You’ve heard of the French paradox. How do the french eat so much cheese, dessert and wine and stay skinny? We Americans got obsessed with this for a while. Here we’ve been eating low-fat this and no-fat that, and we’re the fat kids? We don’t get it. This article does though. It’s about school lunches in France. They’re just what you’d think – gourmet. proper. fussy. Not a single meal gets repeated over 32 days and four-year-olds are served a five course meal of an hors d’oeuvre, salad, main course, cheese plate and dessert. You could get used to this, right? The point is that at a young age French kids are taught to take food seriously. I love this…
“…it could be the red wine, as some believe. But another reason has to be this: in a country where con artists and adulterers are tolerated, the laws governing meals are sacrosanct and are drummed into children before they can even hold a knife.”
A few weeks ago on Jamie Oliver’s Food Revolution the school cafeteria in West Virginia didn’t even have knives. I’m not saying our problems would be solved if the kids in America ate hors d’oeuvres for lunch. That’s not it. It’s the values that are being served up with it. There’s something to eating at a table… in good company… and it being a full and balanced, nutritious meal. every. single. day. These kids aren’t eating fruit snacks out of a vending machine. They don’t even have vending machines. They were banned. So were Coke machines. Eating real food at a table is the only option.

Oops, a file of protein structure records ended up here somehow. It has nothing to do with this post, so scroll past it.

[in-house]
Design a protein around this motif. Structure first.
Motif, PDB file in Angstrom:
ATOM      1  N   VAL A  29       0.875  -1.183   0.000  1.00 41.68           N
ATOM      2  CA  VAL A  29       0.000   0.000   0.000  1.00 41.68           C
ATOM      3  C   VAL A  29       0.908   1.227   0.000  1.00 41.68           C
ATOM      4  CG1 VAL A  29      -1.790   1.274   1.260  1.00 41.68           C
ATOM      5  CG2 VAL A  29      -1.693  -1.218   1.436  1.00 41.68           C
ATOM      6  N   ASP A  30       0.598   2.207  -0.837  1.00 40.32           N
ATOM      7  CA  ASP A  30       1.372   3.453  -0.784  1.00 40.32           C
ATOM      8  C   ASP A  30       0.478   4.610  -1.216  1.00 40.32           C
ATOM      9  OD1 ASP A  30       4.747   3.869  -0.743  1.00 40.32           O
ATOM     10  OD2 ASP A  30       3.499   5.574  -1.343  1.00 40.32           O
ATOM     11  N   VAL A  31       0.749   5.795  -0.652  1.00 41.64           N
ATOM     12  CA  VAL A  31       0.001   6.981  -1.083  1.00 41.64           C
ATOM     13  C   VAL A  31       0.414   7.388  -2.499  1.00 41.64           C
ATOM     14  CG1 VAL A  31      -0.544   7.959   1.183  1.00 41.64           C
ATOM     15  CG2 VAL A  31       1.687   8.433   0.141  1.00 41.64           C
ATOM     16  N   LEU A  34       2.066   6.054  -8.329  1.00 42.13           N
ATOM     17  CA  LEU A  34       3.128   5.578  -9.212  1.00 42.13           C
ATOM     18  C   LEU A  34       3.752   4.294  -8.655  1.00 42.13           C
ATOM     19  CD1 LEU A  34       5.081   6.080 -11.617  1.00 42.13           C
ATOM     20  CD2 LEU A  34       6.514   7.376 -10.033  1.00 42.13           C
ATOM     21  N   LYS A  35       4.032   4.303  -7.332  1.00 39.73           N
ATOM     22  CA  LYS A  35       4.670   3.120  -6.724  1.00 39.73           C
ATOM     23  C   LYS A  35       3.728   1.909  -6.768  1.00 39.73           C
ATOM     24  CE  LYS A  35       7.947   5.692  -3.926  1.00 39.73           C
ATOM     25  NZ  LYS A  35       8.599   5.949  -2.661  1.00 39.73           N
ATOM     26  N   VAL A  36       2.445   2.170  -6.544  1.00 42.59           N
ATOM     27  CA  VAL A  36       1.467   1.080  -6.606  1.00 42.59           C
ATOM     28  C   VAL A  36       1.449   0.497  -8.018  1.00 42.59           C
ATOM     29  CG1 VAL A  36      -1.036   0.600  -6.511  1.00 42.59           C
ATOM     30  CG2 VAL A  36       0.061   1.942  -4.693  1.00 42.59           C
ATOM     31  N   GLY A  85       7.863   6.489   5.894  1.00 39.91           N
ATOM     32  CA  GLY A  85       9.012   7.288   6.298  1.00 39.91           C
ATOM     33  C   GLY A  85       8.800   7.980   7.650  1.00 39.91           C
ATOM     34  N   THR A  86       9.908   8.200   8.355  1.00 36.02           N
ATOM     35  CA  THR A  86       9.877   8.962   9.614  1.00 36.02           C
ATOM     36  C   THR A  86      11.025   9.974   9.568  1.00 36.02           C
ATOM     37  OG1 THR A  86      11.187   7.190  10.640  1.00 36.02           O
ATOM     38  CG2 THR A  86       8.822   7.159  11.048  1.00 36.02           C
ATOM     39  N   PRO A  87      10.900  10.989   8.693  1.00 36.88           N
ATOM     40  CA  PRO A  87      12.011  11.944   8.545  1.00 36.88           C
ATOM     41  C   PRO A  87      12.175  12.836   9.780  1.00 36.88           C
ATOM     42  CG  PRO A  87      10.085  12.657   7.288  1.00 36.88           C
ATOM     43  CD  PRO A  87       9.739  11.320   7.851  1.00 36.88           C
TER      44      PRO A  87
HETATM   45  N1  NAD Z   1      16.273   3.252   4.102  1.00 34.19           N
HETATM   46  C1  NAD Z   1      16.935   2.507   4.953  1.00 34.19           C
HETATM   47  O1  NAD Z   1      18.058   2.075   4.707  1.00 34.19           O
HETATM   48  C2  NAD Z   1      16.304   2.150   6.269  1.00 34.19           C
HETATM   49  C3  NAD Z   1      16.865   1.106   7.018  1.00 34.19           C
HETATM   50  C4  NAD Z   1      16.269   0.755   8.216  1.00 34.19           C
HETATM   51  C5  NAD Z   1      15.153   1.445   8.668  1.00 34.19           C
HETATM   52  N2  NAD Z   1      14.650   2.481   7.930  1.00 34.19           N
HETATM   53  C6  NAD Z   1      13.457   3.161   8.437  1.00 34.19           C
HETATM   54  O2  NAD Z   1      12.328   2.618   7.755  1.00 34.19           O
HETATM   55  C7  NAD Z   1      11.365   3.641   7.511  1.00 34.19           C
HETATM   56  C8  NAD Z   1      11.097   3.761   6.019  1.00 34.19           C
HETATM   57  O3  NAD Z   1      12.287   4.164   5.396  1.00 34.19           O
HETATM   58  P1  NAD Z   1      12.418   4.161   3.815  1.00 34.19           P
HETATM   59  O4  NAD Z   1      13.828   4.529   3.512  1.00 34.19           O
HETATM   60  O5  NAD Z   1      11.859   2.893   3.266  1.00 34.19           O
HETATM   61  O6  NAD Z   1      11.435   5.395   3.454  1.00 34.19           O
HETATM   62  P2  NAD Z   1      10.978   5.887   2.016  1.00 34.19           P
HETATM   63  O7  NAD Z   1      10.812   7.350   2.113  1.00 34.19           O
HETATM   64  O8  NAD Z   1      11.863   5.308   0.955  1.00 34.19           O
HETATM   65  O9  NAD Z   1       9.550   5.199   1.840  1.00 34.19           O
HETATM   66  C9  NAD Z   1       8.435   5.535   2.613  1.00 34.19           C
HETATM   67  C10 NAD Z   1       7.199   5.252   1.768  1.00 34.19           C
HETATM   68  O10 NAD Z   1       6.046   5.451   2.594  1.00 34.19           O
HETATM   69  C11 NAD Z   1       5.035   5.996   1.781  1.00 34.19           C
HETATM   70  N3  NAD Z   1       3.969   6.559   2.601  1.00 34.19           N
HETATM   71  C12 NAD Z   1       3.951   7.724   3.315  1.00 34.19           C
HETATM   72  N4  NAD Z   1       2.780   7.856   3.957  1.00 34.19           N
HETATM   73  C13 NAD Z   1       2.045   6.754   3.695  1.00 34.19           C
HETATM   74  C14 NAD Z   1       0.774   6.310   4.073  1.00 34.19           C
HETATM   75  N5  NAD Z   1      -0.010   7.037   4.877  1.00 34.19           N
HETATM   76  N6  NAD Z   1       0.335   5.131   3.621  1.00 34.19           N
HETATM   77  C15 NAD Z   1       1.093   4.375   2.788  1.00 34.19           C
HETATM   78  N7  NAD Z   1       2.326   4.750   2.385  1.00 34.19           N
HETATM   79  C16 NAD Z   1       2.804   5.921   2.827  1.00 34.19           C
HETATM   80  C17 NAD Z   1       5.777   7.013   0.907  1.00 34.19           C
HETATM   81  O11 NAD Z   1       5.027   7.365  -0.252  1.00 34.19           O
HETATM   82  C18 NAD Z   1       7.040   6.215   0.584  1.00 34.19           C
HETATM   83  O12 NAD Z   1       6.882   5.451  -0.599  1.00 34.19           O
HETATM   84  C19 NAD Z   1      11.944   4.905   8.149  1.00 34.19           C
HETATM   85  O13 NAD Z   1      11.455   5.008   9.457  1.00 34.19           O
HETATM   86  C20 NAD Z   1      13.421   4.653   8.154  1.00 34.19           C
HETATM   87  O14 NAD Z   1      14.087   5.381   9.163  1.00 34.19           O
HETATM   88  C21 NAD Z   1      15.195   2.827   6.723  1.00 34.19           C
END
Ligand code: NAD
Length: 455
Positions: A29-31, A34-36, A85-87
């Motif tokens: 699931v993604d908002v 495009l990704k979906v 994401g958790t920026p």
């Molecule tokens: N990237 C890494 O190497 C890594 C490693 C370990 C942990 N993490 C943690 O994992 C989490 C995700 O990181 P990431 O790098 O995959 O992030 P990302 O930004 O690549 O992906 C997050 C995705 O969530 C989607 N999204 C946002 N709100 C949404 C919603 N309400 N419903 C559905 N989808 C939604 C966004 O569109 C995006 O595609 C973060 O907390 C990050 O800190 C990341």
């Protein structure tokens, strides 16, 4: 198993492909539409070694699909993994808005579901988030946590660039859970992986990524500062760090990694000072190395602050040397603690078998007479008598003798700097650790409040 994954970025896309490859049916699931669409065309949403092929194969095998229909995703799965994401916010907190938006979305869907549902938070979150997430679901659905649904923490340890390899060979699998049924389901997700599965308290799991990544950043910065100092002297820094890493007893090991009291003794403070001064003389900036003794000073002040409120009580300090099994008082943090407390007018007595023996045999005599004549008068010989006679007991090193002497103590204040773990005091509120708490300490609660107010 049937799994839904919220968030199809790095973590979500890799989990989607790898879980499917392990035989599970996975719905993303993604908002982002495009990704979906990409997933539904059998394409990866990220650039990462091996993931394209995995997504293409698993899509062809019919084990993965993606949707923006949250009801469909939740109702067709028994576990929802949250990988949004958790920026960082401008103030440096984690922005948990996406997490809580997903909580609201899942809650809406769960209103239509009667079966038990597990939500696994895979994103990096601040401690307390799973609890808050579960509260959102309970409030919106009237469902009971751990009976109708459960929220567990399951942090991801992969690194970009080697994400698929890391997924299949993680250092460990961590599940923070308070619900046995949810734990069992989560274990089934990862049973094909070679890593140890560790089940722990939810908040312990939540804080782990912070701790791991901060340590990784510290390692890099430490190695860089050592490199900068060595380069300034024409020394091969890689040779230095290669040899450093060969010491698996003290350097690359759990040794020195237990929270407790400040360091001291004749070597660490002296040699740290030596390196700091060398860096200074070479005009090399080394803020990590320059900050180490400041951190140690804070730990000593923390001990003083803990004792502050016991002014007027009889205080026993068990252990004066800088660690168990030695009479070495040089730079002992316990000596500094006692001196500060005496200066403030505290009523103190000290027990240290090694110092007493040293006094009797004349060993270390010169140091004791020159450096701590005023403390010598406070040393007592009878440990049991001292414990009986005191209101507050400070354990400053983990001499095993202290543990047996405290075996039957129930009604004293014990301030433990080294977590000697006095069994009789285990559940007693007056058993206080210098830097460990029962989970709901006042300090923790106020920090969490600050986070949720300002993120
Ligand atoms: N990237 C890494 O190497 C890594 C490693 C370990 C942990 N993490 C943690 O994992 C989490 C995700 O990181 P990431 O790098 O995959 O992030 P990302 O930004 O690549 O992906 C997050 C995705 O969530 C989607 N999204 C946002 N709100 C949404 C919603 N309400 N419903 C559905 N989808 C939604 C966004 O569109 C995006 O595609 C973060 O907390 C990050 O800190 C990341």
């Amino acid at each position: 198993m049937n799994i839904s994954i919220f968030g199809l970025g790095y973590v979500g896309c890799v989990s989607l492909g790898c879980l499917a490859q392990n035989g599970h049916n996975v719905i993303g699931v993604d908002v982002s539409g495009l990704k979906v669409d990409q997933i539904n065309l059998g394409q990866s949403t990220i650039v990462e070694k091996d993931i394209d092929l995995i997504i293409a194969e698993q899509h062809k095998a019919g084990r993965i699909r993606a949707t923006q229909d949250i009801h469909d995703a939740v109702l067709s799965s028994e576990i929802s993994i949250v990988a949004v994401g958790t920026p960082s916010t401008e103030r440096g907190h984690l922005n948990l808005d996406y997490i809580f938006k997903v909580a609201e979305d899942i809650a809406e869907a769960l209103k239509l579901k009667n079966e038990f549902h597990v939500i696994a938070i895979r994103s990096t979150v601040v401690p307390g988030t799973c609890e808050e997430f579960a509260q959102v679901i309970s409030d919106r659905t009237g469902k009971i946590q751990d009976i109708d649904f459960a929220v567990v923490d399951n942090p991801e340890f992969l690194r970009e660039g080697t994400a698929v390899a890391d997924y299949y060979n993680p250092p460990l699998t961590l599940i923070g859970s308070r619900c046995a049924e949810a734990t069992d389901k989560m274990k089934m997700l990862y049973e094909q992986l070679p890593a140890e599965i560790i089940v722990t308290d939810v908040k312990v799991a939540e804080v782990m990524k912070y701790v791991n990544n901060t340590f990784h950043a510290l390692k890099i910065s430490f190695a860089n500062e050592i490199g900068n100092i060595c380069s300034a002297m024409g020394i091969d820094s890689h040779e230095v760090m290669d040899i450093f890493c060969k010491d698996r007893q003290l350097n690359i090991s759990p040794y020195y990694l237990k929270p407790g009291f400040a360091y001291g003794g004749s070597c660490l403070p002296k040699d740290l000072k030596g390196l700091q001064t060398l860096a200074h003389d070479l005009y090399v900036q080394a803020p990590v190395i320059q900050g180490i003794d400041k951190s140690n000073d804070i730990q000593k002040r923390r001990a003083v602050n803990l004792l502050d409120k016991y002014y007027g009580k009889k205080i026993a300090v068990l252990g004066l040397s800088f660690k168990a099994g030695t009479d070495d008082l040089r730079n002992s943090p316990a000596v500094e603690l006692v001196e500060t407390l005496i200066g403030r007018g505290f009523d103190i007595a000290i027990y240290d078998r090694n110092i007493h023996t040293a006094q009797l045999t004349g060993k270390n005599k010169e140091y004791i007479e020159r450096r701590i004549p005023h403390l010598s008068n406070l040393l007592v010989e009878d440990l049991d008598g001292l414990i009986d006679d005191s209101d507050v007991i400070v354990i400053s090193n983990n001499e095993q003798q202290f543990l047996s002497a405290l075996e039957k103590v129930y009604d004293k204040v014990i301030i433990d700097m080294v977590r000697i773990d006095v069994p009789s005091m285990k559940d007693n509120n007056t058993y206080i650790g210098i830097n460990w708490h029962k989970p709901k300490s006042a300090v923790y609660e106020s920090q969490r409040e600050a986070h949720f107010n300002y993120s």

I like this line too… “The French don’t need their First Lady to plant a vegetable garden at the Élysée Palace to encourage good eating habits. They already know the rules: sit down and take your time, because food is serious business.”
Or, you know, maybe it’s just the wine….
Megan Adams Brown, CHC, helps families find healthy routines that work, with no more “what’s for dinner?” stress, and a lot better food. Her family meal plans help moms take charge of their kitchen and their own health, leading to more vegetables and less junk all around. Megan also specializes in working with food allergies and sensitivities and shares allergy-friendly recipes on her blog. To learn more click here.